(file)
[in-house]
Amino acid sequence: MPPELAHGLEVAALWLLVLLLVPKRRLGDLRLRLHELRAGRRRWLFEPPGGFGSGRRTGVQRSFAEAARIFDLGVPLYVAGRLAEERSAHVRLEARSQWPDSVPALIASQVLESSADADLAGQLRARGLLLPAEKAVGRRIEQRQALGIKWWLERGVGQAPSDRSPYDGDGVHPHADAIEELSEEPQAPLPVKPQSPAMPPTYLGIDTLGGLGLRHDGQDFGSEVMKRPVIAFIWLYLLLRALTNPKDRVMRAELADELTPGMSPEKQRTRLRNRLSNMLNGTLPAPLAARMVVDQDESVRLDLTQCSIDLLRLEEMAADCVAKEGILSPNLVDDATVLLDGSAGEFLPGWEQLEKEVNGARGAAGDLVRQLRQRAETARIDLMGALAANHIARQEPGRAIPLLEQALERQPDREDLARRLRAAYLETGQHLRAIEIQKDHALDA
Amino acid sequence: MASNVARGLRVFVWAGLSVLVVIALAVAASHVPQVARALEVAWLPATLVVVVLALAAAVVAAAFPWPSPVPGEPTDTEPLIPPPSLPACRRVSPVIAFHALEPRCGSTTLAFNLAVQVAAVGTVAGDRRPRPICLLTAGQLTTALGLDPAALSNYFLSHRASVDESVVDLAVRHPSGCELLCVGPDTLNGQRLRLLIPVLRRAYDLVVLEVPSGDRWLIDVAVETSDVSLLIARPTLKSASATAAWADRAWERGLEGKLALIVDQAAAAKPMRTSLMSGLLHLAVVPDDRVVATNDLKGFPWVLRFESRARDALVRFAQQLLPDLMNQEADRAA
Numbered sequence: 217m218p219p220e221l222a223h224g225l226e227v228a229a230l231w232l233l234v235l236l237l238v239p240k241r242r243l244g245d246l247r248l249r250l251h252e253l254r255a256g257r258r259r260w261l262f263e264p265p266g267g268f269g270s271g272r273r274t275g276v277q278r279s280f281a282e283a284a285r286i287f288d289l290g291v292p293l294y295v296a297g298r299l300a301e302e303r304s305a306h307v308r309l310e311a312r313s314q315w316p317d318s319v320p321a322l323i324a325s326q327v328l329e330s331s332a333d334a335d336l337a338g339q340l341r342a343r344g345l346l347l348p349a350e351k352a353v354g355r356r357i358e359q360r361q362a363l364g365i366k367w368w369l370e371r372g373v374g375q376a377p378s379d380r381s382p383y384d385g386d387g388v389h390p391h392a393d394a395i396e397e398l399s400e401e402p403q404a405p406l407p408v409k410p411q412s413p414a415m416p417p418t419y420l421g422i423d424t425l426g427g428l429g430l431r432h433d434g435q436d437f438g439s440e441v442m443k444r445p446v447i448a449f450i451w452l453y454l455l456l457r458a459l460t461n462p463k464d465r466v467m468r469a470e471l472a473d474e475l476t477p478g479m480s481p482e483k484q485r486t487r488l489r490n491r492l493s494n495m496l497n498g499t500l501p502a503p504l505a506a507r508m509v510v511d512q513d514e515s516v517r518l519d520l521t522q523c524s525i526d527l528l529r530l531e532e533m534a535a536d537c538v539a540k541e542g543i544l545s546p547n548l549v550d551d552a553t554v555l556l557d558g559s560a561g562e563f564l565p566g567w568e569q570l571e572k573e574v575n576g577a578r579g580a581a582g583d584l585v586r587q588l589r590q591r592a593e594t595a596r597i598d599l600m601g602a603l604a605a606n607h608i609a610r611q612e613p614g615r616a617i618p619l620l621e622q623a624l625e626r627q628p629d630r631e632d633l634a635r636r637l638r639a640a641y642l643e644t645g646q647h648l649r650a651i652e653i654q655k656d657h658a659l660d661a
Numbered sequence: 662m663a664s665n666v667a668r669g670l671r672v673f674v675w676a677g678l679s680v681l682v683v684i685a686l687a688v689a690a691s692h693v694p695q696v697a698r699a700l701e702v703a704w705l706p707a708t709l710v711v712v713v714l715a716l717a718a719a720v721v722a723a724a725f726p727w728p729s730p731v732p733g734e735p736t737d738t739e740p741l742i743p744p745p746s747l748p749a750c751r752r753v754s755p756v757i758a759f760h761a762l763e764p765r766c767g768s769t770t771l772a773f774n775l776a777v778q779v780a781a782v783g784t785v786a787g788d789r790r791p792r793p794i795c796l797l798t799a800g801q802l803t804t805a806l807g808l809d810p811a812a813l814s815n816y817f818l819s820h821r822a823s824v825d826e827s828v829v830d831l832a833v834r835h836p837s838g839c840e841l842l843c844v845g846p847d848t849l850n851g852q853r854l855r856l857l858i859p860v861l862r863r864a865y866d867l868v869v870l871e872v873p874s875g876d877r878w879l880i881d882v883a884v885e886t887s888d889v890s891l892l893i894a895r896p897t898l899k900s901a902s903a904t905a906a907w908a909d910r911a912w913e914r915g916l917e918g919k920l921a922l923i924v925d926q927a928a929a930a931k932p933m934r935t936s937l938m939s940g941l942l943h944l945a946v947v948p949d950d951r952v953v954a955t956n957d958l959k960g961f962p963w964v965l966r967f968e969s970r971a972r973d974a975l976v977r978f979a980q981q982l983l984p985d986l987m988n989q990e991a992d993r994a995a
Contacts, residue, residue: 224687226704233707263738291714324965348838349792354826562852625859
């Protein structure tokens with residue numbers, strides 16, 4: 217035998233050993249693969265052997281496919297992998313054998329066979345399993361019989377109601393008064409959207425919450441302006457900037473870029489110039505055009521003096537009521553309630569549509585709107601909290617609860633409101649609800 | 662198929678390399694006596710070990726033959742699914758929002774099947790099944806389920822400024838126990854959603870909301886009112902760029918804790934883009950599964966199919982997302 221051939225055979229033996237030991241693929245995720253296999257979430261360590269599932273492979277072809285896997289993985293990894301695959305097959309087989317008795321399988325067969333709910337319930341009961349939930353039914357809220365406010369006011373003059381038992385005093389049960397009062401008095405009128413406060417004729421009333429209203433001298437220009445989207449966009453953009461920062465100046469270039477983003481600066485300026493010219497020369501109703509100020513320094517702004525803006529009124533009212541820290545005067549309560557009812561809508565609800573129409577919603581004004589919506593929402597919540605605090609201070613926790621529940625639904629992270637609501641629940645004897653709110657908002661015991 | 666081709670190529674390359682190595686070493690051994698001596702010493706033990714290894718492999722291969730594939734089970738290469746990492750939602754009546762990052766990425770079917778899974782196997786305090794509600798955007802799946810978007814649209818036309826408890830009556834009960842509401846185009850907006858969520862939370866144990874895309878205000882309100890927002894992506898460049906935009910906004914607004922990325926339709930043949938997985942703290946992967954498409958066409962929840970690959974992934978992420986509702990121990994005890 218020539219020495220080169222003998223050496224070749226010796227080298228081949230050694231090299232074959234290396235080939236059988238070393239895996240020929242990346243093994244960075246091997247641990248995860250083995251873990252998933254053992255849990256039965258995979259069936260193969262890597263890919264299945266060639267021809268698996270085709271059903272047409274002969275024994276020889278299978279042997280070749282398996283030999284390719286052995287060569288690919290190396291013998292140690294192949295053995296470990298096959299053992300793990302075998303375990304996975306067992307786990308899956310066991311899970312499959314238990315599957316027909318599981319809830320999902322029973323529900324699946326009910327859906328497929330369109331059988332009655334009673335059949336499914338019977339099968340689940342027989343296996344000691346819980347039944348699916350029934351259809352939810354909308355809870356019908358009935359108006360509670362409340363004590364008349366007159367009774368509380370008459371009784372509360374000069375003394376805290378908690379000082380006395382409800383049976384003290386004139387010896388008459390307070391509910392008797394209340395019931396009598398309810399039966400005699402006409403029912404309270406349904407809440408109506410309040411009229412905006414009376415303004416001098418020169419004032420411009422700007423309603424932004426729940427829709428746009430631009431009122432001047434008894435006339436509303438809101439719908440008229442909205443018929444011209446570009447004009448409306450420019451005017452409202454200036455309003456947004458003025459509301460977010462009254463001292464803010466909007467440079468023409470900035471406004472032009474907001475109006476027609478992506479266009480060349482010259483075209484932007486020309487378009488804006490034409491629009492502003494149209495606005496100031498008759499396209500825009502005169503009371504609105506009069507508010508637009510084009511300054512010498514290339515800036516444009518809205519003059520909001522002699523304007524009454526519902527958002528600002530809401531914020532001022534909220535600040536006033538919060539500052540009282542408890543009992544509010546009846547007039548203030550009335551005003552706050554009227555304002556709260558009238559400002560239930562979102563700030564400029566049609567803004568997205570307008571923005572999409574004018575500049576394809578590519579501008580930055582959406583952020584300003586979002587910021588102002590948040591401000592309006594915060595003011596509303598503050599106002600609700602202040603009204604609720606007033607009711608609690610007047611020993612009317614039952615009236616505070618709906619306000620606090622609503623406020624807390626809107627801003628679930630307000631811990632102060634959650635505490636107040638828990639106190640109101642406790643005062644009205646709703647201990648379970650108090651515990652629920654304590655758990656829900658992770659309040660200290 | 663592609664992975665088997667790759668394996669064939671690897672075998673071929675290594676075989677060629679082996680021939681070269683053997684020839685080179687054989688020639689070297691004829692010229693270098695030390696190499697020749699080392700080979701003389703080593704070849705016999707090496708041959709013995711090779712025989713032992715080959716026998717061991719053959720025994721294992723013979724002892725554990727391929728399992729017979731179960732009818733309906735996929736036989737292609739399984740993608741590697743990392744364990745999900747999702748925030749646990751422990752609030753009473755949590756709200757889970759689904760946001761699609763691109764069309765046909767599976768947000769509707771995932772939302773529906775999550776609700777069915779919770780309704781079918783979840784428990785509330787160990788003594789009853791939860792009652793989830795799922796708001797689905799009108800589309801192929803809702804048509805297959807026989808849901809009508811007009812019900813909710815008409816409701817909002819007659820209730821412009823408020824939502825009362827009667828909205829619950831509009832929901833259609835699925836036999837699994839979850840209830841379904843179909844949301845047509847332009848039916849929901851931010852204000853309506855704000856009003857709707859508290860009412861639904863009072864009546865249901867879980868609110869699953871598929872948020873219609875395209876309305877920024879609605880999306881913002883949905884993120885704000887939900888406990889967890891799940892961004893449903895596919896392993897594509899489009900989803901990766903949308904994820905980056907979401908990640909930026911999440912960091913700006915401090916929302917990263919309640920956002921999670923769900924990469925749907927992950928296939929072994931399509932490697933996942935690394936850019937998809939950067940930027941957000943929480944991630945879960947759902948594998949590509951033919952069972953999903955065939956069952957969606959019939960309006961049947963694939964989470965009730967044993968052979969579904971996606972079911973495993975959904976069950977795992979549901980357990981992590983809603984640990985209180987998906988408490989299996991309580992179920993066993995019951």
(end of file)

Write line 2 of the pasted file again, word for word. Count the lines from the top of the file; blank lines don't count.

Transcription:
Amino acid sequence: MPPELAHGLEVAALWLLVLLLVPKRRLGDLRLRLHELRAGRRRWLFEPPGGFGSGRRTGVQRSFAEAARIFDLGVPLYVAGRLAEERSAHVRLEARSQWPDSVPALIASQVLESSADADLAGQLRARGLLLPAEKAVGRRIEQRQALGIKWWLERGVGQAPSDRSPYDGDGVHPHADAIEELSEEPQAPLPVKPQSPAMPPTYLGIDTLGGLGLRHDGQDFGSEVMKRPVIAFIWLYLLLRALTNPKDRVMRAELADELTPGMSPEKQRTRLRNRLSNMLNGTLPAPLAARMVVDQDESVRLDLTQCSIDLLRLEEMAADCVAKEGILSPNLVDDATVLLDGSAGEFLPGWEQLEKEVNGARGAAGDLVRQLRQRAETARIDLMGALAANHIARQEPGRAIPLLEQALERQPDREDLARRLRAAYLETGQHLRAIEIQKDHALDA